Workplace Health and Safety
Desiree Tibbs, Occupational Health Program Coordinator
Occupational Health Program, Coordinator
Marcus Daly Memorial Hospital
1200 Westwood Drive
Hamilton, MT 59840
Workplace Health and Safety
You don't need to work surrounded by combustible materials to face
serious health and safety risks. Whether it's a failure to protect
your workers against toxic fumes, back strains or a sleep-deprived employee
getting into a fatal car accident on the drive to work, every job comes
with potential hazards. Workplace health and safety hazards can be costly
(to lives and the bottom line), but the good news is that they are largely
preventable if you take the right precautions.
Common workplace health and safety hazards include: communicable disease,
transportation accidents, repetitive motion and ergonomic injuries, hearing
loss, workplace violence, slipping and falling, chemical and gas exposure,
getting struck by objects, electrocution or explosion. Although some hazards
are less likely to happen in some work spaces than others, it's important
to assess which hazards are most damaging to your business and your employees.
Some may pose more serious threats to employee welfare, and others will
result in the most time lost or be the most costly. What these setbacks
have in common is that thorough planning can prevent many of them.
The go-to resource for the legal requirements in your particular industry
is the Occupational Safety and Health Administration (OSHA), the arm of
the federal government that enforces health and safety laws. Staying on
OSHA's good side and protecting your employees isn't so challenging.
What they're asking employers to do, among other things, is look at
the risk factors in your business and work out where your problems are.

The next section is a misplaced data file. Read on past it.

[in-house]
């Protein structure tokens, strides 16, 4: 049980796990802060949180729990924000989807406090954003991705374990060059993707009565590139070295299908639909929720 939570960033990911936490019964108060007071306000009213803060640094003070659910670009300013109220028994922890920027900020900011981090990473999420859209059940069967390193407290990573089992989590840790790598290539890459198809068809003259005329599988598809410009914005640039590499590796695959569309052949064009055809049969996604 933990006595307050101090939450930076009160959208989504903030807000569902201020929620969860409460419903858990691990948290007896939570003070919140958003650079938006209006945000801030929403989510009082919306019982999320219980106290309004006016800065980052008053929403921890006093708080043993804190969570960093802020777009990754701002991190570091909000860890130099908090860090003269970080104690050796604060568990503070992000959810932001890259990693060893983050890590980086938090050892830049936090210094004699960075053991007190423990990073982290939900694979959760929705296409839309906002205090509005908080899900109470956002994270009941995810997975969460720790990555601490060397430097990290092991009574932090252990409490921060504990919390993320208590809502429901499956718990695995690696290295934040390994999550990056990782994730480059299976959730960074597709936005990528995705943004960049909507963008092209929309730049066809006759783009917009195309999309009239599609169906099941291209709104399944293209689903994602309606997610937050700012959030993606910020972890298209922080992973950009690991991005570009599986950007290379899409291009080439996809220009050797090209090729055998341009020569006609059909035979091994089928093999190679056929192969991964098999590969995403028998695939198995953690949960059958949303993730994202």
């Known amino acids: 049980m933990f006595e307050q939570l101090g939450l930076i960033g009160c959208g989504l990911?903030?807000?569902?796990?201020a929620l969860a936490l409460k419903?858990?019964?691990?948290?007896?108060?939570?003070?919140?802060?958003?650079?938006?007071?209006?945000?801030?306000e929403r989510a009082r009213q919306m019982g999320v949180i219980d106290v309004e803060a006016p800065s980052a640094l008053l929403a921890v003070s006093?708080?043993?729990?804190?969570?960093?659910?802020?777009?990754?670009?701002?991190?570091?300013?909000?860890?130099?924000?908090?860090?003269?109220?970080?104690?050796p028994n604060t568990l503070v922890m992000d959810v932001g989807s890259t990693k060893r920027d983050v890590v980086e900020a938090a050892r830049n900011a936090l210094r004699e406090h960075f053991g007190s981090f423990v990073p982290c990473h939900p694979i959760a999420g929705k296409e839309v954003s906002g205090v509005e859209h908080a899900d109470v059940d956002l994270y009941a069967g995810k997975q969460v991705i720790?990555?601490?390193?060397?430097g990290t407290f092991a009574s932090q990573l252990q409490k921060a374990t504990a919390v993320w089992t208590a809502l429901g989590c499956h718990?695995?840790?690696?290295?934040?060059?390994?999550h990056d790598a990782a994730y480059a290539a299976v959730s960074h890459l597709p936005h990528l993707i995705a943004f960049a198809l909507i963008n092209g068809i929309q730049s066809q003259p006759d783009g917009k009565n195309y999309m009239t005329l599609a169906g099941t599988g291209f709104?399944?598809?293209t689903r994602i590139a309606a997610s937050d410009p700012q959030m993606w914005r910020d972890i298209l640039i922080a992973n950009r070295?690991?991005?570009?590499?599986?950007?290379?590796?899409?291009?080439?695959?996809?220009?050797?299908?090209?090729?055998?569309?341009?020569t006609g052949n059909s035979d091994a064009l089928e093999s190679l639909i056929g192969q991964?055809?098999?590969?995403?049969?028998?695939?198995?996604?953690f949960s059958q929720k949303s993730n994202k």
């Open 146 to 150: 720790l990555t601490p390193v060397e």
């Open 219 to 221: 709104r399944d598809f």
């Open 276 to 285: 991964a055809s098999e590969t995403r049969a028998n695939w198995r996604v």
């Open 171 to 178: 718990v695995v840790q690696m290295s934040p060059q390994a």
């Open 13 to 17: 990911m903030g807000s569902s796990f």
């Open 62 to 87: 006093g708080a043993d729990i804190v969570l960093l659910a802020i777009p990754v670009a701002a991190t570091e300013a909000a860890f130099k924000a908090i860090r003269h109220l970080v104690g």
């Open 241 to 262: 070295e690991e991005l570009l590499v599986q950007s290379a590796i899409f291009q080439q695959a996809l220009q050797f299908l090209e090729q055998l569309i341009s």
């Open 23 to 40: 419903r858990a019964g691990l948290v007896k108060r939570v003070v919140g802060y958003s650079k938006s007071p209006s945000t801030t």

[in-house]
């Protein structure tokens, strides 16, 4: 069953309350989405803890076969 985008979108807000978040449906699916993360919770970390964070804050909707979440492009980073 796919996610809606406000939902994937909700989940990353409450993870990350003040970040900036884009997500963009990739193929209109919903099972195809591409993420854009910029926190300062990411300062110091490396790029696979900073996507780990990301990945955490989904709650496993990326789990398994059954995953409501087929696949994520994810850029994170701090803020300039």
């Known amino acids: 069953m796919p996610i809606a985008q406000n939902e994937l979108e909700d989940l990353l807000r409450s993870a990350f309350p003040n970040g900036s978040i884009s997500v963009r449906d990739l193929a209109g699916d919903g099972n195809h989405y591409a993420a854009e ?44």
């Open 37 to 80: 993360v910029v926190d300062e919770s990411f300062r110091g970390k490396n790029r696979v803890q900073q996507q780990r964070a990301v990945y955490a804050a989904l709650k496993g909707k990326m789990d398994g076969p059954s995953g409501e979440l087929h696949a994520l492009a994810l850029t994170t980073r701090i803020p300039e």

While they aren't usually budget-breakers, many precautions against
hazards obviously have a higher initial cost, but as the old saying goes,
"It's better to be safe than sorry."
There are two main types of general preparation employers can take against
health and safety hazards in the workplace: job hazard analysis and risk
mapping. These approaches share an element of stepping back and examining
your procedures and facilities with eyes unclouded by routine and alert
to potential danger.
Job hazard analysis is when you look at how a job is done and what sorts
of equipment people are interacting with. They tend to be things that
you can look at very objectively and see where your protection and prevention
needs to be.
Risk mapping is a similar process but it involves examining liabilities
by examining your physical workplace and facilities rather than considering
the habits and duties of your employees. Combining both of these tools
can prevent many accidents at work.
Maintaining your workforce
Things that affect large portions of the workforce really affect small
and medium sized businesses more than large businesses. The most prominent
hazard is communicable diseases such as colds and the flu, and the reason
they can knock out such large portions of your workforce depends partly
on our society's working culture. Many businesses run short staffed
on a consistent basis. This leads to employees becoming overly tired,
this in turn makes them more likely to get sick and or have a serious accident.
Having adequate staffing gives employees the chance to take time off when
they are sick. It also allows employees to safely complete tasks that
require more than one person rather than attempting them on their own
resulting in injury.
It is also important to cross train employees, so that no one person becomes
critical to your operation. This can cost employers some additional effort
and money but it is important for employers to look at the long term savings
rather than the short term cost.